All these fundamental groups!

Tuesday, April 02nd, 2013 | Author:

There are a lot of fundamental groups floating around in mathematics. This is an attempt to collect some of the most popular and sketch their relations to each other.

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Lagrange and the Supernaturals

Friday, August 03rd, 2012 | Author:

You might know the theorem of Lagrange from group theory: A finite group of order n can have a subgroup of order m only if m divides n. Here the order is just the number of elements, a natural number.

Recently I came across a generalization to profinite groups. How do you make sense of the order of an infinite group? How to say that the order of a subgroup divides the order of the group? The solution is a simple concept called supernatural numbers, which I will explain in this short article. The main part should in principle be accessible to non-mathematicians as well.

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Some Interesting Rings

Monday, July 30th, 2012 | Author:

You probably know the integers \mathbb{Z} which can be defined as the Grothendieck group of the monoid of natural numbers \mathbb{N} which exists by the axioms of Zermelo-Fraenkel set theory and probably in almost all other axiom systems as well. So the integers are a quite fundamental object in mathematics (did I really just argue for that? Well, now I did).

It is also natural to look what one can derive from the integers. In this short article I want to describe some rings that can be obtained from the integers by quotients, subgroups, products, and in general (co)limits and combinations thereof. The purpose might not be so clear, but it was a by-product of other investigations and I hope it could be interesting to say something about some concrete rings.

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Zeta of x²+y²=1 over finite fields

Wednesday, July 18th, 2012 | Author:

I must admit that I have a weak background in elementary number theory. A few weeks ago I wanted to count the number of points of the affine circle x^2+y^2=1 over finite fields, by counting the point of the completed curve and the points at infinity. There one needs to decide whether a finite field with p^k elements contains roots of -1 or not.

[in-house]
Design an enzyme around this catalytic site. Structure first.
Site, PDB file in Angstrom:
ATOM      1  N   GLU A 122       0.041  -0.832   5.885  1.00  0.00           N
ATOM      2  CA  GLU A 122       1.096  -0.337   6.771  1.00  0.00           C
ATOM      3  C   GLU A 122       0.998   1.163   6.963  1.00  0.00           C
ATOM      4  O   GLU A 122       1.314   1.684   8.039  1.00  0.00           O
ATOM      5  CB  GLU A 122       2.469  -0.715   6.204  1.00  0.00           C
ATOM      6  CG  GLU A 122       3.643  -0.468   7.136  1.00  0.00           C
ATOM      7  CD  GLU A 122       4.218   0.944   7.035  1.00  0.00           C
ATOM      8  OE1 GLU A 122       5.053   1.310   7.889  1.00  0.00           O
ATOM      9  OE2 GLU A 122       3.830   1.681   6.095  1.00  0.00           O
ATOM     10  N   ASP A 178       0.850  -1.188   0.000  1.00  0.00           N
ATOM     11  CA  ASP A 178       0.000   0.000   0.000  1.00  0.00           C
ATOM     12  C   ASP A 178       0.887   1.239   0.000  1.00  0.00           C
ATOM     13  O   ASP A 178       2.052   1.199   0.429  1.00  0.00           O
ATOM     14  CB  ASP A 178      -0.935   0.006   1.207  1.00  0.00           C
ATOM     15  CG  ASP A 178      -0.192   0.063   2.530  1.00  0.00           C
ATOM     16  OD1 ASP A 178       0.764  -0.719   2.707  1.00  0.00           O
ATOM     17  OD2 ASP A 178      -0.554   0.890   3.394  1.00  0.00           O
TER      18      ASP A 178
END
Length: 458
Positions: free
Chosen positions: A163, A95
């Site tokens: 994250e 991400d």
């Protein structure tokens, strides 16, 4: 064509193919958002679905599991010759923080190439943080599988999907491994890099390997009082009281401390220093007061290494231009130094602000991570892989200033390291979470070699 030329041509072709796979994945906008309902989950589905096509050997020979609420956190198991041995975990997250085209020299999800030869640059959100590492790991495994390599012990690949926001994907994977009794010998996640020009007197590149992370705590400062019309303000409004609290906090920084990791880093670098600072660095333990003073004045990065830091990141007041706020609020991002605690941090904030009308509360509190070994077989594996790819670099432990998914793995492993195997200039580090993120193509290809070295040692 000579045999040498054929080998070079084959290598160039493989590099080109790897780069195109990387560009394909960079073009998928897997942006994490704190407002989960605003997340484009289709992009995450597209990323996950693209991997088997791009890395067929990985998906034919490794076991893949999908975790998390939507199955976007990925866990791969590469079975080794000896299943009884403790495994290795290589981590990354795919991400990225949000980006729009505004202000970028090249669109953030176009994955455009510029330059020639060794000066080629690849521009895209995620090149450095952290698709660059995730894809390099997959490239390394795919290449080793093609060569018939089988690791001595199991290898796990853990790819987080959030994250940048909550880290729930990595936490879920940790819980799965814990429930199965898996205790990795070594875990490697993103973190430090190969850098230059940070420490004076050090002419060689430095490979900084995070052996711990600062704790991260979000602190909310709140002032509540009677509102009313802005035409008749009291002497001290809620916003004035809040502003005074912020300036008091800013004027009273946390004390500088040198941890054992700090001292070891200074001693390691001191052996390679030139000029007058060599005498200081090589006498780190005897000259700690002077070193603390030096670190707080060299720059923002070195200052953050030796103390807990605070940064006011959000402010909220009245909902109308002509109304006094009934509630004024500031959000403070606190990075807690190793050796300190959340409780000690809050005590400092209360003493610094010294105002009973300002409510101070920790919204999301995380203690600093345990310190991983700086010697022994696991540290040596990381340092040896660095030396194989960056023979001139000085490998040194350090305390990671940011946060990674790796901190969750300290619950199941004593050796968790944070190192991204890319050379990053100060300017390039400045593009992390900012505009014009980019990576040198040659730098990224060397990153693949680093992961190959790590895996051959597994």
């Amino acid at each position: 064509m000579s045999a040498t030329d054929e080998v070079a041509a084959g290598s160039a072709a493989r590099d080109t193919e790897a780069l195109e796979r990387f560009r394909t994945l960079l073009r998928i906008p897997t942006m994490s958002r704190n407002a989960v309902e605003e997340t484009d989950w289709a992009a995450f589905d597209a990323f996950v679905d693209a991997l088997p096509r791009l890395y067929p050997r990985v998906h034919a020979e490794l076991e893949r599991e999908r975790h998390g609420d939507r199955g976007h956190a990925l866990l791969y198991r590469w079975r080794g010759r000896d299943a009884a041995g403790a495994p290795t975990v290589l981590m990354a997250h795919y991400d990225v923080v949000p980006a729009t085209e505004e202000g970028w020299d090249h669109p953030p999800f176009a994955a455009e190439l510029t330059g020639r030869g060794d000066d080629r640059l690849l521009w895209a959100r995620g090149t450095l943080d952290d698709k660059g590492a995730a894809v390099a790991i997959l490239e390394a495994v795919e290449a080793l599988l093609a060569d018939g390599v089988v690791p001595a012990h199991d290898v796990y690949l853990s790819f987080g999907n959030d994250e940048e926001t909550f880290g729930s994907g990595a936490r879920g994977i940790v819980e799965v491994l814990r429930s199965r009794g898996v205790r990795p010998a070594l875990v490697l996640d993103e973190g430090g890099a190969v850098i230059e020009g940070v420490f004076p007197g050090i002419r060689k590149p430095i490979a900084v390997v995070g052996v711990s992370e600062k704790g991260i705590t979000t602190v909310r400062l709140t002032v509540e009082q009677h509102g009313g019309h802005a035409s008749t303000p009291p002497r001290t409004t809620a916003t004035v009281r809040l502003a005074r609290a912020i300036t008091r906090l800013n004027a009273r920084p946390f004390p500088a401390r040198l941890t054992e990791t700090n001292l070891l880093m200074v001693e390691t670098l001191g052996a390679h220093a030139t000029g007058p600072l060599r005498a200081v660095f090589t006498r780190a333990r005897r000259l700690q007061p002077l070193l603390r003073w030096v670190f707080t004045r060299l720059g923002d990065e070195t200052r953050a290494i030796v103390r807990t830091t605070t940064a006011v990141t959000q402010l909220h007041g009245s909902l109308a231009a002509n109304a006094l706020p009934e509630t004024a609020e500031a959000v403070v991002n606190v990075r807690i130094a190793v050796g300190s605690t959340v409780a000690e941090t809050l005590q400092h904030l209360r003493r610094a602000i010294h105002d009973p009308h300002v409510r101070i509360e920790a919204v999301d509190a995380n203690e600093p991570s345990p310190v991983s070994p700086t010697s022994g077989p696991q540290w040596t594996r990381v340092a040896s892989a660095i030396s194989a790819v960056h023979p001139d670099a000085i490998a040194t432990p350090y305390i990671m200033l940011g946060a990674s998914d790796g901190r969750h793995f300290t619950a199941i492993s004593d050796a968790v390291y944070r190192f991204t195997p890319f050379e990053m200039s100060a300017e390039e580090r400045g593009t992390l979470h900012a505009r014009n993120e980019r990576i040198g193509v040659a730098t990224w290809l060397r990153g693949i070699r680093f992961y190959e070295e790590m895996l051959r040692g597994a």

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From the Langlands Correspondence for Function Fields to the Geometric Langlands Correspondence II

Tuesday, June 05th, 2012 | Author:

This post is the continuation of "From the Langlands Correspondence for Function Fields to the Geometric Langlands Correspondence I", and explains how to translate the Langlands Correspondence for function fields to a geometric question.

This post grew out of the preparation for a seminar talk on this topic and is separated in two parts, this being the second, and last part.

To repeat briefly, the Langlands Correspondence for a function field F = \mathbb{F}_q(X) of a smooth projective curve X states that certain n-dimensional irreducible l-adic Galois representations correspond (1:1) to irreducible cuspidal automorphic representations of GL_n(\mathbb{A}_F). Furthermore, the L-functions of Galois representations and automorphic representations coincide.

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From the Langlands Correspondence for Function Fields to the Geometric Langlands Correspondence I

Saturday, May 26th, 2012 | Author:

The (conjectural) Langlands correspondence for number fields gave rise to a Langlands correspondence for function fields (proved by Drinfeld and Lafforgue), where the most important difference is the absence of the infinite place which simplifies things in the latter. This, in turn, can be translated to a "geometric" Langlands correspondence for curves over fields, but there are certain differences.

First, I'm going to explain what the Langlands correspondence for function fields says, with the assumption in mind that you have been exposed to some algebra before. After that, I'm going to sketch how to go to the geometric Langlands correspondence, following Frenkel's storytelling in chapter 3 of his article "Langlands and conformal field theory". Of course, this being a blogpost, I won't repeat what Frenkel says (nor delve deeper) but try to summarise, to give an overview.

This post grew out of the preparation for a seminar talk on this topic and is separated in two parts, this being the first part. The continuation is here, discussing the geometrization.

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